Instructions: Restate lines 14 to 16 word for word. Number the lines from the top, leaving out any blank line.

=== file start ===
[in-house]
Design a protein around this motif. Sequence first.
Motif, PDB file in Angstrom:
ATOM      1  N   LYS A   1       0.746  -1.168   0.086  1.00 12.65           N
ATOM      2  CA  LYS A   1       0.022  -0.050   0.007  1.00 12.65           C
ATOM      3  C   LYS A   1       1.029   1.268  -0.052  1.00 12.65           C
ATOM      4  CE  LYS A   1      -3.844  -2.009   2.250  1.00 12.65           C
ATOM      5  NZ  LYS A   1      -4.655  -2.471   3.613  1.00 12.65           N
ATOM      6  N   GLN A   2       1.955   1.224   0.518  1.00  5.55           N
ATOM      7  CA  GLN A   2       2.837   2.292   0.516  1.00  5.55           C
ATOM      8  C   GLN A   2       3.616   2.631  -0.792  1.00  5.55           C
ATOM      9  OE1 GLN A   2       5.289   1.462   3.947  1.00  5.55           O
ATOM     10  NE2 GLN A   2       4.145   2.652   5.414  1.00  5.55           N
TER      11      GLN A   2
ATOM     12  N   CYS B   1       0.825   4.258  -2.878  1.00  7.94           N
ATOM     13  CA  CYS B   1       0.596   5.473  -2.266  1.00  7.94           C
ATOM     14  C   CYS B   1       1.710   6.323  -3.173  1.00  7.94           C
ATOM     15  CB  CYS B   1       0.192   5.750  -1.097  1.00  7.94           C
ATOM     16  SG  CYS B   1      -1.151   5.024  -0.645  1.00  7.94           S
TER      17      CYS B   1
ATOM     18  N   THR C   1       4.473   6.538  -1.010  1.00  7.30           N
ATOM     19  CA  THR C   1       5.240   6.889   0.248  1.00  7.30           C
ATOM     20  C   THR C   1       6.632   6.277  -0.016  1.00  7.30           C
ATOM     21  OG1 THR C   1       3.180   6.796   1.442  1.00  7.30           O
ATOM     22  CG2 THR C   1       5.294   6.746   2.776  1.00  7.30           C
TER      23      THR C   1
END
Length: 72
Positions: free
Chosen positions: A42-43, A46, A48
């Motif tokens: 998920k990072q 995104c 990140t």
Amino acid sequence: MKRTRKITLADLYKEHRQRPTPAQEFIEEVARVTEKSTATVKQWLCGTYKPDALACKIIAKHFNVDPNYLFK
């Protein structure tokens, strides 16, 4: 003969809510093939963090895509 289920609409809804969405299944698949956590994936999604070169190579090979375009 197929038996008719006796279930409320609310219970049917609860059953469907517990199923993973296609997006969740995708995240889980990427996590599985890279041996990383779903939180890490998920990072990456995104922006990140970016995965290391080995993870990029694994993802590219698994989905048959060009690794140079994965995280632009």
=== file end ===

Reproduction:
TER      11      GLN A   2
ATOM     12  N   CYS B   1       0.825   4.258  -2.878  1.00  7.94           N
ATOM     13  CA  CYS B   1       0.596   5.473  -2.266  1.00  7.94           C